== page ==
Summary and Key Terms

What Is Personality?

Personality has been studied for over 2,000 years, beginning with Hippocrates. More recent theories of personality have been proposed, including Freud’s psychodynamic perspective, which holds that personality is formed through early childhood experiences. Other perspectives then emerged in reaction to the psychodynamic perspective, including the learning, humanistic, biological, trait, and cultural perspectives.

Freud and the Psychodynamic Perspective

Sigmund Freud presented the first comprehensive theory of personality. He was also the first to recognize that much of our mental life takes place outside of our conscious awareness. Freud also proposed three components to our personality: the id, ego, and superego. The job of the ego is to balance the sexual and aggressive drives of the id with the moral ideal of the superego. Freud also said that personality develops through a series of psychosexual stages. In each stage, pleasure focuses on a specific erogenous zone. Failure to resolve a stage can lead one to become fixated in that stage, leading to unhealthy personality traits. Successful resolution of the stages leads to a healthy adult.

Neo-Freudians: Adler, Erikson, Jung, and Horney

The neo-Freudians were psychologists whose work followed from Freud’s. They generally agreed with Freud that childhood experiences matter, but they decreased the emphasis on sex and focused more on the social environment and effects of culture on personality. Some of the notable neo-Freudians are Alfred Adler, Carl Jung, Erik Erikson, and Karen Horney. The neo-Freudian approaches have been criticized, because they tend to be philosophical rather than based on sound scientific research. For example, Jung’s conclusions about the existence of the collective unconscious are based on myths, legends, dreams, and art. In addition, as with Freud’s psychoanalytic theory, the neo-Freudians based much of their theories of personality on information from their patients.

Learning Approaches

Behavioral theorists view personality as significantly shaped and impacted by the reinforcements and consequences outside of the organism. People behave in a consistent manner based on prior learning. B. F. Skinner, a prominent behaviorist, said that we demonstrate consistent behavior patterns, because we have developed certain response tendencies. Mischel focused on how personal goals play a role in the self-regulation process. Albert Bandura said that one’s environment can determine behavior, but at the same time, people can influence the environment with both their thoughts and behaviors, which is known as reciprocal determinism. Bandura also emphasized how we learn from watching others. He felt that this type of learning also plays a part in the development of our personality. Bandura discussed the concept of self-efficacy, which is our level of confidence in our own abilities. Finally, Rotter proposed the concept of locus of control, which refers to our beliefs about the power we have over our lives. He said that people fall along a continuum between a purely internal and a purely external locus of control.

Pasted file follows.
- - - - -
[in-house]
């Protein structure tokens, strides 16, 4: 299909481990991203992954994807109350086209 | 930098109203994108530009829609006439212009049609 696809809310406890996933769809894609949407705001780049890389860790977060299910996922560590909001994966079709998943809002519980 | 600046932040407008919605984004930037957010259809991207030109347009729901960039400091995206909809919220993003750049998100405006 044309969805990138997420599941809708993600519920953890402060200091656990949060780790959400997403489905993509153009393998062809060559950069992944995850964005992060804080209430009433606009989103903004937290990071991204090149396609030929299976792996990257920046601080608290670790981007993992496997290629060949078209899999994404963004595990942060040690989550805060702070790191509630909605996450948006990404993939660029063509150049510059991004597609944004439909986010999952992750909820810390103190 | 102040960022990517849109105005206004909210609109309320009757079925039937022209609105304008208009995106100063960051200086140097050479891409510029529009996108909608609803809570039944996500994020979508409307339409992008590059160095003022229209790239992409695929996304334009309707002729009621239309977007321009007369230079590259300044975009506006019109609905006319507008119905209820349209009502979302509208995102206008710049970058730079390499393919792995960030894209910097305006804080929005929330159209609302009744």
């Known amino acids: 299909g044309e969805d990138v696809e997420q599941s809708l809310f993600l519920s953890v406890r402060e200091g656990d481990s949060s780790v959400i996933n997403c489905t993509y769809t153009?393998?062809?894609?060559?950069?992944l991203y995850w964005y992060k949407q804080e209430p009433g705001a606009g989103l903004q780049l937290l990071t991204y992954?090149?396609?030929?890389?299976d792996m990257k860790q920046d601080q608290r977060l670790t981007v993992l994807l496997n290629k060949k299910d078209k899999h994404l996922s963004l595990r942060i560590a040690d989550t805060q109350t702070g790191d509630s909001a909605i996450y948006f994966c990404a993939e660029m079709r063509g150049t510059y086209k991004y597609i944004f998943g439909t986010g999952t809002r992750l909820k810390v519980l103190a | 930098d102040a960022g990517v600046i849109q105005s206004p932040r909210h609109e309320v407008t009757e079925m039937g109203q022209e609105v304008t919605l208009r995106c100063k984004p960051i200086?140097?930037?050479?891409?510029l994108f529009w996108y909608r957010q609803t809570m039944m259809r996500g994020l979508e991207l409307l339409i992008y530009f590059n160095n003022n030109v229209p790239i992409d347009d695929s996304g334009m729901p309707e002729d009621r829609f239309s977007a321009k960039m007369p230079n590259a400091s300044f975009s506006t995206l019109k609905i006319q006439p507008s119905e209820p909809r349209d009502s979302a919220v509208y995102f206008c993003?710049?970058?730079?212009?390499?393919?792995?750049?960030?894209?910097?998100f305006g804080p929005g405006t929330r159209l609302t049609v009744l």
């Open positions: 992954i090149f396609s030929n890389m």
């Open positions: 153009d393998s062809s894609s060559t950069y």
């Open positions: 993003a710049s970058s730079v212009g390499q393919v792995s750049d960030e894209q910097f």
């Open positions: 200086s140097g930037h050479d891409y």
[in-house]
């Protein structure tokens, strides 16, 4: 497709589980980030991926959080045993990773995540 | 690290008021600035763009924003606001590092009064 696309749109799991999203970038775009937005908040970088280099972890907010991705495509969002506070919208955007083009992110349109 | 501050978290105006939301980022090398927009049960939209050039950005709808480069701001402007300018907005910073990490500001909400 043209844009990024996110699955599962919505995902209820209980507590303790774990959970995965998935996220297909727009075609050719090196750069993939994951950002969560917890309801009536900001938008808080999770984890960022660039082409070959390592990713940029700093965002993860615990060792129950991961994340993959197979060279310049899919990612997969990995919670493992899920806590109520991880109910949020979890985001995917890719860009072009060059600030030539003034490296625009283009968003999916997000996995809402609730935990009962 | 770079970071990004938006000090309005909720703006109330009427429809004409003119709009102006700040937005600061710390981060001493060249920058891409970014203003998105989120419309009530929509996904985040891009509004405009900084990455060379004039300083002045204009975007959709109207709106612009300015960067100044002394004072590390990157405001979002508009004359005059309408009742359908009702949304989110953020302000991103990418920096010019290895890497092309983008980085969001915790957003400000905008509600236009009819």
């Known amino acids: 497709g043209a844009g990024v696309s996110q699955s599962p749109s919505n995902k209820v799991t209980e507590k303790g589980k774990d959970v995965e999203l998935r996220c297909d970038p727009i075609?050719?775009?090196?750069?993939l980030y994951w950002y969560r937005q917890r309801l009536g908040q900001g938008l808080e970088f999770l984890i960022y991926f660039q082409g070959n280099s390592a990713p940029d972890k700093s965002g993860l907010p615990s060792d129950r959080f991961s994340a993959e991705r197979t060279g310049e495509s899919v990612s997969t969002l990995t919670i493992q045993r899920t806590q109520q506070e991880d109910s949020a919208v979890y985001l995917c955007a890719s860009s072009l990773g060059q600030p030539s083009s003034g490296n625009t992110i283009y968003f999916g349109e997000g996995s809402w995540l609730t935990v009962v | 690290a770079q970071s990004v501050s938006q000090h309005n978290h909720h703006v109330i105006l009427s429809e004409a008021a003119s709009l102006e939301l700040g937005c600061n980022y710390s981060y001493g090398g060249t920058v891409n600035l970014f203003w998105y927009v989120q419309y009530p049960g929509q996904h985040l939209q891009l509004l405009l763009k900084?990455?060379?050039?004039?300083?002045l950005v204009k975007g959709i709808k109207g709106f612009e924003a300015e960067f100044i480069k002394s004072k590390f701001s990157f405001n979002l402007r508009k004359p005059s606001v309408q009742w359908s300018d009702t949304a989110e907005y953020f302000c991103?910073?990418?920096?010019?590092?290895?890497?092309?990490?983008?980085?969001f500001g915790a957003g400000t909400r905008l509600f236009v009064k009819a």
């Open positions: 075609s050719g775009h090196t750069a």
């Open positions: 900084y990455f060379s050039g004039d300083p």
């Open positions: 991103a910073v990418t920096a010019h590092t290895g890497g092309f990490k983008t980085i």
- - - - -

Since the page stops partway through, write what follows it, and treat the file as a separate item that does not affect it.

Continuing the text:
Humanistic Approaches

Humanistic psychologists Abraham Maslow and Carl Rogers focused on the growth potential of healthy individuals. They believed that people strive to become self-actualized. Both Rogers’s and Maslow’s theories greatly contributed to our understanding of the self. They emphasized free will and self-determination, with each individual desiring to become the best person they can become.

Biological Approaches

Some aspects of our personalities are largely controlled by genetics; however, environmental factors (such as family interactions) and maturation can affect the ways in which children’s personalities are expressed.

Trait Theorists

Trait theorists attempt to explain our personality by identifying our stable characteristics and ways of behaving. They have identified important dimensions of personality. The Five Factor Model is the most widely accepted theory today. The five factors are openness, conscientiousness, extroversion, agreeableness, and neuroticism. These factors occur along a continuum.

Cultural Understandings of Personality

The culture in which you live is one of the most important environmental factors that shapes your personality. Western ideas about personality may not be applicable to other cultures. In fact, there is evidence that the strength of personality traits varies across cultures. Individualist cultures and collectivist cultures place emphasis on different basic values. People who live in individualist cultures tend to believe that independence, competition, and personal achievement are important. People who live in collectivist cultures value social harmony, respectfulness, and group needs over individual needs. There are three approaches that can be used to study personality in a cultural context: the cultural-comparative approach, the indigenous approach, and the combined approach, which incorporates both elements of both views.

Personality Assessment

Personality tests are techniques designed to measure one’s personality. They are used to diagnose psychological problems as well as to screen candidates for college and employment. There are two types of personality tests: self-report inventories and projective tests. The MMPI is one of the most common self-report inventories. It asks a series of true/false questions that are designed to provide a clinical profile of an individual. Projective tests use ambiguous images or other ambiguous stimuli to assess an individual’s unconscious fears, desires, and challenges. The Rorschach Inkblot Test, the TAT, the RISB, and the C-TCB are all forms of projective tests.

Key Terms